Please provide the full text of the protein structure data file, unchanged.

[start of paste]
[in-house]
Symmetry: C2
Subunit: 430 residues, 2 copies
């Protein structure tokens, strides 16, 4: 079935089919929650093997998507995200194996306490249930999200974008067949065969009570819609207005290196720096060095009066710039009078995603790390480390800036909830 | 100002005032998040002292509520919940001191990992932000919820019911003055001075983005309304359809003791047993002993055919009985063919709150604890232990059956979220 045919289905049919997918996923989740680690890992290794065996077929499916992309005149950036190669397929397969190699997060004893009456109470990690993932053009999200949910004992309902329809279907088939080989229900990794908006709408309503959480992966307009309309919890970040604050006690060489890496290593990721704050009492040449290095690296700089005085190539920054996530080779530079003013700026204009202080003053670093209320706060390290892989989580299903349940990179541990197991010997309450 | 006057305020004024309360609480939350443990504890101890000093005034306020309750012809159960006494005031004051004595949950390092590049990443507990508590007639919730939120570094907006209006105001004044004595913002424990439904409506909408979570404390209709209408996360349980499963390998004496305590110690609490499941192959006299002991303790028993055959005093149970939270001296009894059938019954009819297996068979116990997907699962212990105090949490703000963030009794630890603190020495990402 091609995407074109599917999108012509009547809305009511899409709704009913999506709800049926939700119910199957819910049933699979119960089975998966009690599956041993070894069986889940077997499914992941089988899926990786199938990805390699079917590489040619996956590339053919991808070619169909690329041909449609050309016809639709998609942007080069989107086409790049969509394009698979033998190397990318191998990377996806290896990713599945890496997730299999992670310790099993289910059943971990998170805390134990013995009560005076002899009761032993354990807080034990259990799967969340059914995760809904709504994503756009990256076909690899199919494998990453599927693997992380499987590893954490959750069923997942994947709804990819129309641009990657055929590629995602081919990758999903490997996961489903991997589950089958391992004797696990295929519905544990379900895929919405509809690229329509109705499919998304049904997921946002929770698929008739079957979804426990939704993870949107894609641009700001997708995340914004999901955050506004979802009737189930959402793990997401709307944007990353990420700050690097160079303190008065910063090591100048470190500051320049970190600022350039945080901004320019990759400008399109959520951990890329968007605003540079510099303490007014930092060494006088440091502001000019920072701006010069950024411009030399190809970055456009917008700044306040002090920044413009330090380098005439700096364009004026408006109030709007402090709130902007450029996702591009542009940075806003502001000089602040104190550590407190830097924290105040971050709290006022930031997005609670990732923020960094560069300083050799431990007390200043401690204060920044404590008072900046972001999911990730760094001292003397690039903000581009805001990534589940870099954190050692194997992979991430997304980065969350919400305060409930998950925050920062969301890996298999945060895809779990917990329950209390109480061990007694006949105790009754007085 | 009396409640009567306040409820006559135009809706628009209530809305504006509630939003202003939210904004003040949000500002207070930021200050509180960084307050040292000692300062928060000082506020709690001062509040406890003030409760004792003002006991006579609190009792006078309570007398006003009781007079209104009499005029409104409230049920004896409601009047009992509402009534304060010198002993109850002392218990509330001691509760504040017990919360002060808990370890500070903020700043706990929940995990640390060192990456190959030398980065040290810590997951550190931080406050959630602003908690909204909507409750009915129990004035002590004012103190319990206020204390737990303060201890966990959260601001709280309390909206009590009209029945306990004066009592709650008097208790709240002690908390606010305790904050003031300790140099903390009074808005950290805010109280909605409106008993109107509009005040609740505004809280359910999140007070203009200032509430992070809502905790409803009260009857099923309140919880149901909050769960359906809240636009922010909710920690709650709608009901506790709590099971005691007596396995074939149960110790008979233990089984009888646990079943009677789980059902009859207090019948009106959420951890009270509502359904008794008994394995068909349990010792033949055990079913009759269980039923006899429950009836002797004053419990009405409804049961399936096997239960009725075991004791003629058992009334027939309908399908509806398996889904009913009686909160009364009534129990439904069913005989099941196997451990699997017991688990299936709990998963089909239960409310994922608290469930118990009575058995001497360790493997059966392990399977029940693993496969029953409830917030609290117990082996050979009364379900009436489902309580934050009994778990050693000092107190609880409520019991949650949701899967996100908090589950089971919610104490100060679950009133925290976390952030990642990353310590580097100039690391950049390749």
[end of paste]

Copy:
[in-house]
Symmetry: C2
Subunit: 430 residues, 2 copies
């Protein structure tokens, strides 16, 4: 079935089919929650093997998507995200194996306490249930999200974008067949065969009570819609207005290196720096060095009066710039009078995603790390480390800036909830 | 100002005032998040002292509520919940001191990992932000919820019911003055001075983005309304359809003791047993002993055919009985063919709150604890232990059956979220 045919289905049919997918996923989740680690890992290794065996077929499916992309005149950036190669397929397969190699997060004893009456109470990690993932053009999200949910004992309902329809279907088939080989229900990794908006709408309503959480992966307009309309919890970040604050006690060489890496290593990721704050009492040449290095690296700089005085190539920054996530080779530079003013700026204009202080003053670093209320706060390290892989989580299903349940990179541990197991010997309450 | 006057305020004024309360609480939350443990504890101890000093005034306020309750012809159960006494005031004051004595949950390092590049990443507990508590007639919730939120570094907006209006105001004044004595913002424990439904409506909408979570404390209709209408996360349980499963390998004496305590110690609490499941192959006299002991303790028993055959005093149970939270001296009894059938019954009819297996068979116990997907699962212990105090949490703000963030009794630890603190020495990402 091609995407074109599917999108012509009547809305009511899409709704009913999506709800049926939700119910199957819910049933699979119960089975998966009690599956041993070894069986889940077997499914992941089988899926990786199938990805390699079917590489040619996956590339053919991808070619169909690329041909449609050309016809639709998609942007080069989107086409790049969509394009698979033998190397990318191998990377996806290896990713599945890496997730299999992670310790099993289910059943971990998170805390134990013995009560005076002899009761032993354990807080034990259990799967969340059914995760809904709504994503756009990256076909690899199919494998990453599927693997992380499987590893954490959750069923997942994947709804990819129309641009990657055929590629995602081919990758999903490997996961489903991997589950089958391992004797696990295929519905544990379900895929919405509809690229329509109705499919998304049904997921946002929770698929008739079957979804426990939704993870949107894609641009700001997708995340914004999901955050506004979802009737189930959402793990997401709307944007990353990420700050690097160079303190008065910063090591100048470190500051320049970190600022350039945080901004320019990759400008399109959520951990890329968007605003540079510099303490007014930092060494006088440091502001000019920072701006010069950024411009030399190809970055456009917008700044306040002090920044413009330090380098005439700096364009004026408006109030709007402090709130902007450029996702591009542009940075806003502001000089602040104190550590407190830097924290105040971050709290006022930031997005609670990732923020960094560069300083050799431990007390200043401690204060920044404590008072900046972001999911990730760094001292003397690039903000581009805001990534589940870099954190050692194997992979991430997304980065969350919400305060409930998950925050920062969301890996298999945060895809779990917990329950209390109480061990007694006949105790009754007085 | 009396409640009567306040409820006559135009809706628009209530809305504006509630939003202003939210904004003040949000500002207070930021200050509180960084307050040292000692300062928060000082506020709690001062509040406890003030409760004792003002006991006579609190009792006078309570007398006003009781007079209104009499005029409104409230049920004896409601009047009992509402009534304060010198002993109850002392218990509330001691509760504040017990919360002060808990370890500070903020700043706990929940995990640390060192990456190959030398980065040290810590997951550190931080406050959630602003908690909204909507409750009915129990004035002590004012103190319990206020204390737990303060201890966990959260601001709280309390909206009590009209029945306990004066009592709650008097208790709240002690908390606010305790904050003031300790140099903390009074808005950290805010109280909605409106008993109107509009005040609740505004809280359910999140007070203009200032509430992070809502905790409803009260009857099923309140919880149901909050769960359906809240636009922010909710920690709650709608009901506790709590099971005691007596396995074939149960110790008979233990089984009888646990079943009677789980059902009859207090019948009106959420951890009270509502359904008794008994394995068909349990010792033949055990079913009759269980039923006899429950009836002797004053419990009405409804049961399936096997239960009725075991004791003629058992009334027939309908399908509806398996889904009913009686909160009364009534129990439904069913005989099941196997451990699997017991688990299936709990998963089909239960409310994922608290469930118990009575058995001497360790493997059966392990399977029940693993496969029953409830917030609290117990082996050979009364379900009436489902309580934050009994778990050693000092107190609880409520019991949650949701899967996100908090589950089971919610104490100060679950009133925290976390952030990642990353310590580097100039690391950049390749």